We have examined whether oxidized low-density lipoprotein (ox-LDL) affects the function of tissue-factor-pathway inhibitor (TFPI), an anti-coagulant regulator in the extrinsic pathway of coagulation, in cultured human umbilical vein endothelial cells (HUVEC). Treatment of culture medium of HUVEC with ox-LDL, but not with native or acetylated LDLs, drastically decreased the reactivity of TFPI to its antibody specific for Kunitz domain 1 or one specific for the conformation between Kunitz 1 and 2 of TFPI, and caused a rapid, concentration-dependent decrease in the functional activity of TFPI to inhibit Factor X activation. When 5ng of recombinant TFPI (rTFPI) was mixed with 10µg of ox-LDL for 30min, almost all of the rTFPI was detected in the ox-LDL fraction and no free rTFPI was observed on non-denaturing PAGE, in contrast with the virtual absence of rTFPI in the native LDL fraction. Ox-LDL decreased the antigen level of TFPI in the lysate of HUVEC in a time-dependent manner. It did not affect the mRNA level, but ox-LDL-dependent reduction of the TFPI antigen level in HUVEC was reversed by the simultaneous treatment of ox-LDL with bafilomycin A1, an inhibitor of the lysosomal proton pump. These results indicate that ox-LDL lessens the anti-coagulant function of TFPI through both oxidative modification and accelerated degradation of the molecule outside and inside HUVEC respectively.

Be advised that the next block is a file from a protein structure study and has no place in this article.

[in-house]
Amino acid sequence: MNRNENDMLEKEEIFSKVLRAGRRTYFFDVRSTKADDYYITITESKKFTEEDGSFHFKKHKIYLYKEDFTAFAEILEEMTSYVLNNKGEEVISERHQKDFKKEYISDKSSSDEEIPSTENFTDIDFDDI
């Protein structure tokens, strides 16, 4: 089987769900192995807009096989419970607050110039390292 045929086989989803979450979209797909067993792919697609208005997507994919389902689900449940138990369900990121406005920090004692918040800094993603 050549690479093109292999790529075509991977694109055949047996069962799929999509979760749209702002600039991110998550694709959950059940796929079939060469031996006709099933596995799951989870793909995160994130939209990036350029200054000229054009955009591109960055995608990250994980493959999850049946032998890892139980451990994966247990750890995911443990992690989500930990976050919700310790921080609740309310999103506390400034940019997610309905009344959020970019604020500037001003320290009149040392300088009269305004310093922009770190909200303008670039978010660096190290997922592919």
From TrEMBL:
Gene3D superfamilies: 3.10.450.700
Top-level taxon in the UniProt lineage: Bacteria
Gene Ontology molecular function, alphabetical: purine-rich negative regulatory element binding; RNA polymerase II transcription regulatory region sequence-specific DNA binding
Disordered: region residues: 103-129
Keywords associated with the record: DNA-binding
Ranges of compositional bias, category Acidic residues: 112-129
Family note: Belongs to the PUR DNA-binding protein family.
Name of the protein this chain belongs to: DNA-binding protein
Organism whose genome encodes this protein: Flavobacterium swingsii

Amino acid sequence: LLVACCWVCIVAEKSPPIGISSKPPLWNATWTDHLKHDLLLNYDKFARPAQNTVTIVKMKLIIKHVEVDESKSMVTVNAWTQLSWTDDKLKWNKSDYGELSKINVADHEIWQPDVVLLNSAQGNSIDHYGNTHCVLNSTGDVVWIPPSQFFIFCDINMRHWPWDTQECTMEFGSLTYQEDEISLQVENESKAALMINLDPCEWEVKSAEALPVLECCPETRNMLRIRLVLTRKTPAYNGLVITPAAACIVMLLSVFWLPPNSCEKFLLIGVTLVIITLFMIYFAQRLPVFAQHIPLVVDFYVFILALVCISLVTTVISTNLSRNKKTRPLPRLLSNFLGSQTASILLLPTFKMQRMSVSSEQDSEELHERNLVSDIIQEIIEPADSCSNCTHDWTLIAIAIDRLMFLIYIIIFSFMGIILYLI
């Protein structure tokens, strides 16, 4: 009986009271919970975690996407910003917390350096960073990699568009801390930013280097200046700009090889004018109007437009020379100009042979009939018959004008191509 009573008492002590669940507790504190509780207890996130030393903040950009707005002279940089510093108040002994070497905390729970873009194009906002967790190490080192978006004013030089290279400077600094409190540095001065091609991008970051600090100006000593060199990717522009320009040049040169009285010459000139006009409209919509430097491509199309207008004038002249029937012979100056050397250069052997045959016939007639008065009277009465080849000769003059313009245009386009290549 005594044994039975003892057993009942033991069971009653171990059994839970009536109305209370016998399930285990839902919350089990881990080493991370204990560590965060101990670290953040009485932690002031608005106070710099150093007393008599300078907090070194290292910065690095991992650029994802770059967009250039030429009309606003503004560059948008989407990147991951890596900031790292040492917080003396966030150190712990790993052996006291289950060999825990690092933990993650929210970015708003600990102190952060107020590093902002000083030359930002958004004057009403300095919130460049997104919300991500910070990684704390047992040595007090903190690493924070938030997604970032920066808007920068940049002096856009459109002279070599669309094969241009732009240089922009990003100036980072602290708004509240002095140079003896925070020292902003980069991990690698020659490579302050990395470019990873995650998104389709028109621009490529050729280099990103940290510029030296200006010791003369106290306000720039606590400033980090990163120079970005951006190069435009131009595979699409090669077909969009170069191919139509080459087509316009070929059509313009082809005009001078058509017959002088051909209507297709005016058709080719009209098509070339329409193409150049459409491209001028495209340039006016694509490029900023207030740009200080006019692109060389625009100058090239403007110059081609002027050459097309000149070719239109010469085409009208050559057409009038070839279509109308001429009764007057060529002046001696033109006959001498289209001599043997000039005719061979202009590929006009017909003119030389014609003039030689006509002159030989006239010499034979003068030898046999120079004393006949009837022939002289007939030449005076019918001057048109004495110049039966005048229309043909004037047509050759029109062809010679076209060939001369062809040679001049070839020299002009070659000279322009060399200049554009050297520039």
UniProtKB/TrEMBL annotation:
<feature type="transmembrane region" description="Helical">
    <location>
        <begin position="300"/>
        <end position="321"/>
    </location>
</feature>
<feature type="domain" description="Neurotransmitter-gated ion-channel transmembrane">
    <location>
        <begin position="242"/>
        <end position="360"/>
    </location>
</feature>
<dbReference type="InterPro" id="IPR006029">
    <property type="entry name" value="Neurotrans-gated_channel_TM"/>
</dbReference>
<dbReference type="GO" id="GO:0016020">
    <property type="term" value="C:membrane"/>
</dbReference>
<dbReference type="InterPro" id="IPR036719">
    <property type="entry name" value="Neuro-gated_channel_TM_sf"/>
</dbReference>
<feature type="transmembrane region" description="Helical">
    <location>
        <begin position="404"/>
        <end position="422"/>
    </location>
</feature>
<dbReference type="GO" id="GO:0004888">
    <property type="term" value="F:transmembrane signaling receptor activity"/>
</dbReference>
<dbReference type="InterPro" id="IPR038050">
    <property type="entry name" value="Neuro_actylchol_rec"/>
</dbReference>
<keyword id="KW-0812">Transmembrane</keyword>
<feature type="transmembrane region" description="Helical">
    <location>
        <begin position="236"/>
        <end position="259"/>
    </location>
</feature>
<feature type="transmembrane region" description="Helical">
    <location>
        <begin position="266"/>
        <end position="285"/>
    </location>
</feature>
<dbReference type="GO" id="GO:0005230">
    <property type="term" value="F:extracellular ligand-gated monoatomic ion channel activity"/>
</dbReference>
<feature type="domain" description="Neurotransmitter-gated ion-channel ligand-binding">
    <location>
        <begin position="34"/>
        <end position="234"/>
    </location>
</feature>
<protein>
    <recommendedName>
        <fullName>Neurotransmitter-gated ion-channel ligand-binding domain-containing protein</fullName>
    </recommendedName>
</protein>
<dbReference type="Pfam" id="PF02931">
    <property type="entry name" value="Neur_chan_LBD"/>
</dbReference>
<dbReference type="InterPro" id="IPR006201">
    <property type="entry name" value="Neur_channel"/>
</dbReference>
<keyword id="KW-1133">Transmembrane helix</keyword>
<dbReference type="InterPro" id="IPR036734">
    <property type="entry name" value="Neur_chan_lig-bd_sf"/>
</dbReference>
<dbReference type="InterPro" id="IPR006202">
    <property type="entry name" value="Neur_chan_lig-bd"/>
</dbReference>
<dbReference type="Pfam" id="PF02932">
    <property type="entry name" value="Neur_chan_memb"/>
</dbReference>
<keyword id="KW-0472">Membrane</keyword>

Oxidized low-density lipoprotein impairs the anti-coagulant function of tissue-factor-pathway inhibitor through oxidative modification by its high association and accelerated degradation in cultured human endothelial cells
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Shuichi HORIE, Sayuri HIRAISHI, Yukiyo HIRATA, Mutsuyoshi KAZAMA, Juzo MATSUDA; Oxidized low-density lipoprotein impairs the anti-coagulant function of tissue-factor-pathway inhibitor through oxidative modification by its high association and accelerated degradation in cultured human endothelial cells. Biochem J 1 December 2000; 352 (2): 277–285. doi: https://doi.org/10.1042/bj3520277
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